stephen bannon

Manhattan DA Mulls Potential State Case Against Bannon After Presidential Pardon

Stephen Bannon's last minute pardon, mere hours before Trump left office, was especially notable given that the prosecution was still in its early stages and any trial was months away.

NBC Universal, Inc.

What to Know

  • The Manhattan District Attorney's Office is considering whether to bring a state court case against Stephen Bannon, who received an 11th-hour pardon from then-President Donald Trump after he was indicted on federal fraud charges, according to a source familiar with the investigation.
  • Bannon, one of the former's president staunch supporters and ex-strategist, had been charged with duping thousands of donors who believed their money would be used to fulfill Trump’s chief campaign promise to build a wall along the southern border.
  • Instead, he allegedly diverted over a million dollars, paying a salary to one campaign official and personal expenses for himself.

The Manhattan District Attorney's Office is considering whether to bring a state court case against Stephen Bannon, who received an 11th-hour pardon from then-President Donald Trump after he was indicted on federal fraud charges in connection to an alleged fundraising scheme, according to a source familiar with the investigation.

According to the source, the Manhattan District Attorney's Office is in the process of gathering documents as part of its investigation.

Bannon, one of the former's president staunch supporters and ex-strategist, had been charged with duping thousands of donors who believed their money would be used to fulfill Trump’s chief campaign promise to build a wall along the southern border. Instead, he allegedly diverted over a million dollars, paying a salary to one campaign official and personal expenses for himself.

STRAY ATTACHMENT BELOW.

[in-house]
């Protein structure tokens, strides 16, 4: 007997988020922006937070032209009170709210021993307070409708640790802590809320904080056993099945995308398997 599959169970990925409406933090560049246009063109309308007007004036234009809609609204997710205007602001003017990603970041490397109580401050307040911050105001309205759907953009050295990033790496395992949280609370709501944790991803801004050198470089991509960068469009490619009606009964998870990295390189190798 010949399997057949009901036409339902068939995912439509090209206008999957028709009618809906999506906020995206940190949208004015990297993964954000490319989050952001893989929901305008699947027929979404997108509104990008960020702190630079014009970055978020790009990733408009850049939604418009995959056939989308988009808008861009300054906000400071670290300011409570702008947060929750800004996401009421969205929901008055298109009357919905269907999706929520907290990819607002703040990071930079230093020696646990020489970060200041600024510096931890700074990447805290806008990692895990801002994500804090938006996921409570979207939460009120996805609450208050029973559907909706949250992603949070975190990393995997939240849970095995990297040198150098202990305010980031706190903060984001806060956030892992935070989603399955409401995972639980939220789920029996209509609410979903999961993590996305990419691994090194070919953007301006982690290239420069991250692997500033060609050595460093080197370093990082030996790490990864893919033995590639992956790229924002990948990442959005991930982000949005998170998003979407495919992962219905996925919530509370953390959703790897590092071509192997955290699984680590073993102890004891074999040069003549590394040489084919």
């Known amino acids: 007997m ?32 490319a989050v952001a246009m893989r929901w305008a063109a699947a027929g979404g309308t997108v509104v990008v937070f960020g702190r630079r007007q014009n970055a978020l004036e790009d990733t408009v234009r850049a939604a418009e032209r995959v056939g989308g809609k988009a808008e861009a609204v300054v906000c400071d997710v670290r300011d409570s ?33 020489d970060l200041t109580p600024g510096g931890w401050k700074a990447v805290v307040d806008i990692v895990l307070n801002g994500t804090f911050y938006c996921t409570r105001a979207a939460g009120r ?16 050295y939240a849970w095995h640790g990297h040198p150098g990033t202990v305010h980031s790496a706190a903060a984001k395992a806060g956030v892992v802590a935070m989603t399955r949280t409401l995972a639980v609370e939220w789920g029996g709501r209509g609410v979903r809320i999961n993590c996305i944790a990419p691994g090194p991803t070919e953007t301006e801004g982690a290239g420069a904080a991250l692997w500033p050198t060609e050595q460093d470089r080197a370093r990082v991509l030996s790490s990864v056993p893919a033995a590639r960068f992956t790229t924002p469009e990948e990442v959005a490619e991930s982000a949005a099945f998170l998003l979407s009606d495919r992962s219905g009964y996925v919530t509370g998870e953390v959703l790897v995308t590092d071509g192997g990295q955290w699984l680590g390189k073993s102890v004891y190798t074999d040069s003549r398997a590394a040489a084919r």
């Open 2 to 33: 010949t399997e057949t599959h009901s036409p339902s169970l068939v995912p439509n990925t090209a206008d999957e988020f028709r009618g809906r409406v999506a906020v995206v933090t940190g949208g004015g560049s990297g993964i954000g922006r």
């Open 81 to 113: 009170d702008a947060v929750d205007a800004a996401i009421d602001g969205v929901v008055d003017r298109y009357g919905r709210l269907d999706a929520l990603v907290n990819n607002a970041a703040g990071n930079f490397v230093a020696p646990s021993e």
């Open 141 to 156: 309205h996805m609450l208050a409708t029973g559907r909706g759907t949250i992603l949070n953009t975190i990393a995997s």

Bannon was arrested on the initial federal fraud charges Aug. 20 off the coast of Connecticut aboard a 150-yacht owned by Chinese billionaire

Bannon and three associates were accused of defrauding donors as they raised more than $25 million to build a wall along the southern border for the We Build the Wall nonprofit group. He had pleaded not guilty in the case.

At the time he was pardoned, Bannon was free on a $5 million bond secured by $1.75 million in cash or property while awaiting his trial, which had been scheduled for May.

Bannon's last-minute pardon, mere hours before Trump left office, was especially notable given that the prosecution was still in its early stages and any trial was months away. Whereas pardon recipients are conventionally thought of as defendants who have faced justice, often by having served at least some prison time, Bannon's pardon nullifies the prosecution and effectively eliminates any prospect for punishment.

Contact Us